Tilling the soil is an ingrained practice with age-old thinking behind it, but there are pros and cons to taking your old rototiller for a quick spin about the yard. For some people, vigorously turning the soil or not turning the soil is almost a religion and a silver bullet solution. Like in most aspects of life, the reality is every gardening practice has its tradeoffs. There is no one perfect solution.
Tractors pulling huge cultivators down rows of crops to remove weeds, or the weekend warrior whipping out the rototiller to work the vegetable patch over in early spring, are familiar sights to all of us. These practices constitute high tillage systems. Turning the soil, under the right conditions, temporarily increases soil structure, removes large weeds and incorporates soil amendments, among other benefits. There may be a few applications where one might consider turning the soil over. The downside includes increased erosion, long-term loss of soil structure, loss of organic material (humus), destruction and/or disruption of soil biota key to plant growth and health, increased compaction, increased weed production, and reduction in surface water quality.
If frequent turning of the soil leads to poor soil, water and plant quality, what are the alternatives? There are many, which broadly fall into two basic groups: low-till and no till. Low till, as the name implies, combines different methods (cover crops, aged manures) of improving soil fertility with infrequent (i.e. once a year) tilling . No till systems rely often on mulches, direct seeding, crop residue and inclusion of perennial crop systems, just to name a few methods.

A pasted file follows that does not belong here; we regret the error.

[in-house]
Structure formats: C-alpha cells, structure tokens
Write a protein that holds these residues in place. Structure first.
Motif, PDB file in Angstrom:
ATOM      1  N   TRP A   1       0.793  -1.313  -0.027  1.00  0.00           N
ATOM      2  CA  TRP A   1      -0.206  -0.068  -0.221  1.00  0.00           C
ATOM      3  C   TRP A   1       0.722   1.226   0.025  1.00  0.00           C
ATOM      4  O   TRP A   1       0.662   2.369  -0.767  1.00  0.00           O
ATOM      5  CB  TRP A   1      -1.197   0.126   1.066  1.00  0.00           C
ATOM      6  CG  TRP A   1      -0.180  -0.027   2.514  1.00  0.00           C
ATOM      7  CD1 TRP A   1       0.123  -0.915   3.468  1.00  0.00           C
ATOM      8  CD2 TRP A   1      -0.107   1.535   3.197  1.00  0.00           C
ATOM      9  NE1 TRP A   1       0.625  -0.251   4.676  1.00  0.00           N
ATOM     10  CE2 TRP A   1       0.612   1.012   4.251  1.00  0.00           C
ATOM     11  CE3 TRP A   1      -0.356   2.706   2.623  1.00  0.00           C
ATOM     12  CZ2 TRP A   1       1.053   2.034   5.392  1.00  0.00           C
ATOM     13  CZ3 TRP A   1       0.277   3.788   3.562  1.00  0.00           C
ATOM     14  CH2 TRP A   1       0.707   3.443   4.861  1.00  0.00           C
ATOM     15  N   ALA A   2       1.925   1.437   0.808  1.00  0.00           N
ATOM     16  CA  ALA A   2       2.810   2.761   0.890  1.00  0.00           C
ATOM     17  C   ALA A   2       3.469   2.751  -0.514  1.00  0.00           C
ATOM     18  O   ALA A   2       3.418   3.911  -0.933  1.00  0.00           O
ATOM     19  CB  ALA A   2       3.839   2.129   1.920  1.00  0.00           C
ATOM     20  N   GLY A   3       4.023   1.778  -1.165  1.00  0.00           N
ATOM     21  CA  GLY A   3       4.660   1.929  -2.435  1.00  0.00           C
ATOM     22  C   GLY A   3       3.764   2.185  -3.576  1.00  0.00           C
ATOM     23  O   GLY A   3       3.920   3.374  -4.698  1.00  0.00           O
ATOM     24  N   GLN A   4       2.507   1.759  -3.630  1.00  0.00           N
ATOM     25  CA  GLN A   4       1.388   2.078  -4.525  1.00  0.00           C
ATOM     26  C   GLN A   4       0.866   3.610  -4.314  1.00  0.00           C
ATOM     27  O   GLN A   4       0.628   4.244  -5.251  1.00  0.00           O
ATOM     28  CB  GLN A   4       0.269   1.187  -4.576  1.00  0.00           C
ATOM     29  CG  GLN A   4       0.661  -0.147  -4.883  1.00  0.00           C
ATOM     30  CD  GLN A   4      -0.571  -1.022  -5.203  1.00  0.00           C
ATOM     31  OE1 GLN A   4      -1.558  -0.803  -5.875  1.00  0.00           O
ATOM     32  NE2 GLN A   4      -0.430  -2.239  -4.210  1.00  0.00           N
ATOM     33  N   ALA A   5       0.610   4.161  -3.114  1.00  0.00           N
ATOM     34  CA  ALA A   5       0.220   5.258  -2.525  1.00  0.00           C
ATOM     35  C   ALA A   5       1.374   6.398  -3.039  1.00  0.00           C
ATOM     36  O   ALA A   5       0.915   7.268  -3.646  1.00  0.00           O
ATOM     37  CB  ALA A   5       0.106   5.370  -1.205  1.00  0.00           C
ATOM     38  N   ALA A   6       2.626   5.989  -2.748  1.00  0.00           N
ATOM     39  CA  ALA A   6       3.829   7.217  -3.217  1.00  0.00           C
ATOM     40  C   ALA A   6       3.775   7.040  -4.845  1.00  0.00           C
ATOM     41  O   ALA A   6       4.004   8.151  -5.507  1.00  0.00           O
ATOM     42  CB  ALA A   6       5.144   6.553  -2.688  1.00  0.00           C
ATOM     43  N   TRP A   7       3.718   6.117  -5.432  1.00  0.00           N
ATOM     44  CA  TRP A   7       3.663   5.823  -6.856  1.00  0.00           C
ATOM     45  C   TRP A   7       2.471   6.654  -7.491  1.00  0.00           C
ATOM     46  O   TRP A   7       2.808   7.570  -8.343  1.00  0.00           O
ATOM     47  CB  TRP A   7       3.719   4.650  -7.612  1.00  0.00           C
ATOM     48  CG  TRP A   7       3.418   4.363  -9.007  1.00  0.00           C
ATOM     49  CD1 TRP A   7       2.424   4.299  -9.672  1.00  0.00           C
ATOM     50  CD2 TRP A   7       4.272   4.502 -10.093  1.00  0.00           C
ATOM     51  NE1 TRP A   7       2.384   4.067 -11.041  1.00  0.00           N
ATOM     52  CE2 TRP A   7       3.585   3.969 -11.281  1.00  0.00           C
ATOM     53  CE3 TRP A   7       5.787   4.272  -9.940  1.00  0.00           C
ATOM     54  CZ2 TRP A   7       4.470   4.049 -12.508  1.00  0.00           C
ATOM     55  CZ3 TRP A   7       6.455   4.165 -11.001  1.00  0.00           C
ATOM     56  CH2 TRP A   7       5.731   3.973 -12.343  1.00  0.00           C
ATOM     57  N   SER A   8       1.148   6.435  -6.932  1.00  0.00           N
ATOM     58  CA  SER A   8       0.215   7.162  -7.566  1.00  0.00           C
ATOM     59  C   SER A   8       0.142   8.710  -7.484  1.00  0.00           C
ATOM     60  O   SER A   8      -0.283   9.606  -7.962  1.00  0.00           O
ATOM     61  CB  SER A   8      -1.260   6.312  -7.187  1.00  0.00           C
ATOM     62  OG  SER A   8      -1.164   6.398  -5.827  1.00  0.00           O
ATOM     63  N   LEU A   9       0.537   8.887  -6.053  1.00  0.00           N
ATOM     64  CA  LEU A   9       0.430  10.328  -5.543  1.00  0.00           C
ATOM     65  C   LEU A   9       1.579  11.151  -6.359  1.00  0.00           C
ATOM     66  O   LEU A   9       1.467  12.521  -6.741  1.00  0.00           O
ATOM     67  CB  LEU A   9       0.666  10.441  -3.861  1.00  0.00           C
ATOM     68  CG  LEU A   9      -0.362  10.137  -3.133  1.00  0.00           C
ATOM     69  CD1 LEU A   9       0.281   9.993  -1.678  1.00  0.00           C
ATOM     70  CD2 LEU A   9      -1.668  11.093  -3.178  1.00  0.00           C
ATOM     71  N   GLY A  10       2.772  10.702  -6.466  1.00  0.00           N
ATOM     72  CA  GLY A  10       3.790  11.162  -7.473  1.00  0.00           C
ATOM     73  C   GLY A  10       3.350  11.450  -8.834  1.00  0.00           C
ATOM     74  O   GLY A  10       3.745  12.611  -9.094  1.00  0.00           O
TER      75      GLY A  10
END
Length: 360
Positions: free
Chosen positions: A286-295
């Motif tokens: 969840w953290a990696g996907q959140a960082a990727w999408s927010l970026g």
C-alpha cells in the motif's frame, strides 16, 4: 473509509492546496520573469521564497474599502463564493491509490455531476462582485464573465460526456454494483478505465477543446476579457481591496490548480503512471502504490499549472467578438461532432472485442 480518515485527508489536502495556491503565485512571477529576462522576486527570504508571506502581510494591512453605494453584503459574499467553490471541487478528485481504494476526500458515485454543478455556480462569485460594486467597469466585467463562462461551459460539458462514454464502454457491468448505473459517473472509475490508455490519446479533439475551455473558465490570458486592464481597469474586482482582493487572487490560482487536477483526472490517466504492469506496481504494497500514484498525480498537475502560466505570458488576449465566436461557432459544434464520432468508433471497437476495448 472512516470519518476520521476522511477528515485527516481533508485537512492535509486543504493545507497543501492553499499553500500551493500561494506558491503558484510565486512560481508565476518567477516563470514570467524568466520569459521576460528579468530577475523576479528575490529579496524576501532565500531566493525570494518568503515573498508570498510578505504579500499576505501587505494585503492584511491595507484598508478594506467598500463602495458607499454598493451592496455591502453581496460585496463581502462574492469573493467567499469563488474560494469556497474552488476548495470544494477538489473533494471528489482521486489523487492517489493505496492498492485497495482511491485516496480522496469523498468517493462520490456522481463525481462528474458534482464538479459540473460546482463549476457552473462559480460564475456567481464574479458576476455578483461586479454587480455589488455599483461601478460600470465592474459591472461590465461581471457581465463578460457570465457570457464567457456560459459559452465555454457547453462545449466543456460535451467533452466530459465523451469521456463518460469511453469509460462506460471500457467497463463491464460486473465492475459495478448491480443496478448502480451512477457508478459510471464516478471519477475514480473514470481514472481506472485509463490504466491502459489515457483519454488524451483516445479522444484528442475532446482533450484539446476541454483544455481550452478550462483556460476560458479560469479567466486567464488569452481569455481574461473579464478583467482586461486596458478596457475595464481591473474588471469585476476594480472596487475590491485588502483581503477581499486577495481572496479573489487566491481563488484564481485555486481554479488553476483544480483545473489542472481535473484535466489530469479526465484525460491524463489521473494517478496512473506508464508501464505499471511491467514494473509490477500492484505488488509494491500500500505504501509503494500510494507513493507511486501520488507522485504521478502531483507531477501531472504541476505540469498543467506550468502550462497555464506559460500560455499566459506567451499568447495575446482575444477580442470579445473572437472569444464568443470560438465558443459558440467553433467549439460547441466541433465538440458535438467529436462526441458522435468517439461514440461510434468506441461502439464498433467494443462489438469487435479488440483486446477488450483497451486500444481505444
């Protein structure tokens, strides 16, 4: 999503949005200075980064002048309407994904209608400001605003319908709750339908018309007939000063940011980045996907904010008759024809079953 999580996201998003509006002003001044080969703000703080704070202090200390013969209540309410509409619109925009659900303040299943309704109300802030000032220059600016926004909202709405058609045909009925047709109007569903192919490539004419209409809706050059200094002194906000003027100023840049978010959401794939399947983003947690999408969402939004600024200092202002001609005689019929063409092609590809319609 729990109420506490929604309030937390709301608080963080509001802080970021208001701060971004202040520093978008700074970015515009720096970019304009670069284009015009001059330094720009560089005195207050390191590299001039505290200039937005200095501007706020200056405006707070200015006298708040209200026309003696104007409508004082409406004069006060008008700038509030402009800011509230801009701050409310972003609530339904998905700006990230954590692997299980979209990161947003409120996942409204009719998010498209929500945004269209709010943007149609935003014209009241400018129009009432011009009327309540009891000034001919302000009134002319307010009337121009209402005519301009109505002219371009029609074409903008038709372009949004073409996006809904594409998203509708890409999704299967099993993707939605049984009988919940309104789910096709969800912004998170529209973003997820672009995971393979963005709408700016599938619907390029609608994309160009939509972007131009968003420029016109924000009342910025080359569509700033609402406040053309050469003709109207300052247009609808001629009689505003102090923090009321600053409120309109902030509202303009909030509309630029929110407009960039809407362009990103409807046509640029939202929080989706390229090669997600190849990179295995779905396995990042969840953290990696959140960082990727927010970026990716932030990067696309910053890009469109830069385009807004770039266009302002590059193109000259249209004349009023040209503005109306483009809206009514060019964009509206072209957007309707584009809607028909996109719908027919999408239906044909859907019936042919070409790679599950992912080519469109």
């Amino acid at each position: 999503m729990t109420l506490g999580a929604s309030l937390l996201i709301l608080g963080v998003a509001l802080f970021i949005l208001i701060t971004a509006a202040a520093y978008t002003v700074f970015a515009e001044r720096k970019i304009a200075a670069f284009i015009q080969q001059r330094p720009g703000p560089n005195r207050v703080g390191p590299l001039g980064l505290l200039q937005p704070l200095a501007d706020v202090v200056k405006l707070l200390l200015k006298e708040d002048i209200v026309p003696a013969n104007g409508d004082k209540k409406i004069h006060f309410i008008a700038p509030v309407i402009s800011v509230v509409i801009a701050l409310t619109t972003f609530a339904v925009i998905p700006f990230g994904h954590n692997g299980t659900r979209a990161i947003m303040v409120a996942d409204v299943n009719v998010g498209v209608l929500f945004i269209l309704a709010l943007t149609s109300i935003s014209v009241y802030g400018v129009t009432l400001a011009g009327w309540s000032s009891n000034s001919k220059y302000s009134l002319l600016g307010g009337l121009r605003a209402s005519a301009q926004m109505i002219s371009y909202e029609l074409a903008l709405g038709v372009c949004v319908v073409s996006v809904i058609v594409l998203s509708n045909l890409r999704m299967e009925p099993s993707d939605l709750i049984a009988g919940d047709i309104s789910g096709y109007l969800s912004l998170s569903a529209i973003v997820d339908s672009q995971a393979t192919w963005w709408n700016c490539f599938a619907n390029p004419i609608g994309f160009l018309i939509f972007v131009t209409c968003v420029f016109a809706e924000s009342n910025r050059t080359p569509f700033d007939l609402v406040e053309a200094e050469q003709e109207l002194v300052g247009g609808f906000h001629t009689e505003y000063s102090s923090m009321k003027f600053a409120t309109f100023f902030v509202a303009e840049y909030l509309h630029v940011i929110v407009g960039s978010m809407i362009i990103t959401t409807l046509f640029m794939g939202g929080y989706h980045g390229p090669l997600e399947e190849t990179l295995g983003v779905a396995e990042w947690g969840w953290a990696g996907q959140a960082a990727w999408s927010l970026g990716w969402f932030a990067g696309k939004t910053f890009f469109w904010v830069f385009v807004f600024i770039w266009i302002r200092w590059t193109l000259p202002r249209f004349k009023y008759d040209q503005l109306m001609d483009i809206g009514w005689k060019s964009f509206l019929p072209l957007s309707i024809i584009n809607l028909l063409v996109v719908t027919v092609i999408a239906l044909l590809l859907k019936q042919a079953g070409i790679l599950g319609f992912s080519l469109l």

Nature is the best at “tilling” and building healthy productive soil, so the best practice is leaving soil undisturbed. But in any system where there is human intervention, there is going to be some level of disturbance, even if it is only initially.
Tillage is usually discussed in the context of food production, but how does this apply to ornamental bed systems? First of all, I would say you do not have to think of it as separate systems. Mix the edibles right in among the flowers.
Wellfield Botanic Gardens utilizes largely no till practices, including organic mulches, chop and drop, select hand removal of weeds, creating intentional plant communities and plant guilds, along with a limited use of annuals. The only tillage occurring on the property these days might be from grading the land for a new garden or planting one of our seasonal beds in the Annual Garden. Here organic matter is simply laid on top and gets “incorporated” through the planting process and natural processes. No rototiller required. The transition to a low till or no till system takes multiple steps and time, but the long term benefits outweigh the drawbacks in my mind.
Josh Steffen, Horticulture and Facilities Manager
2 thoughts on “High Till, Low Till, No Till, Until?”
There are SO many variables. I prefer to till quite a bit of organic matter into the soil in moist regions of the Santa Clara Valley. The soil is great, but there is not much forest around to keep up the organic matter. At my former home in town, there was so much fallen valley oak foliage that there was not much use for organic matter. In parts of the Santa Cruz Mountains, there is so much redwood debris that some must be raked of of the surface. The tannins have an herbicidal effect on the soil.
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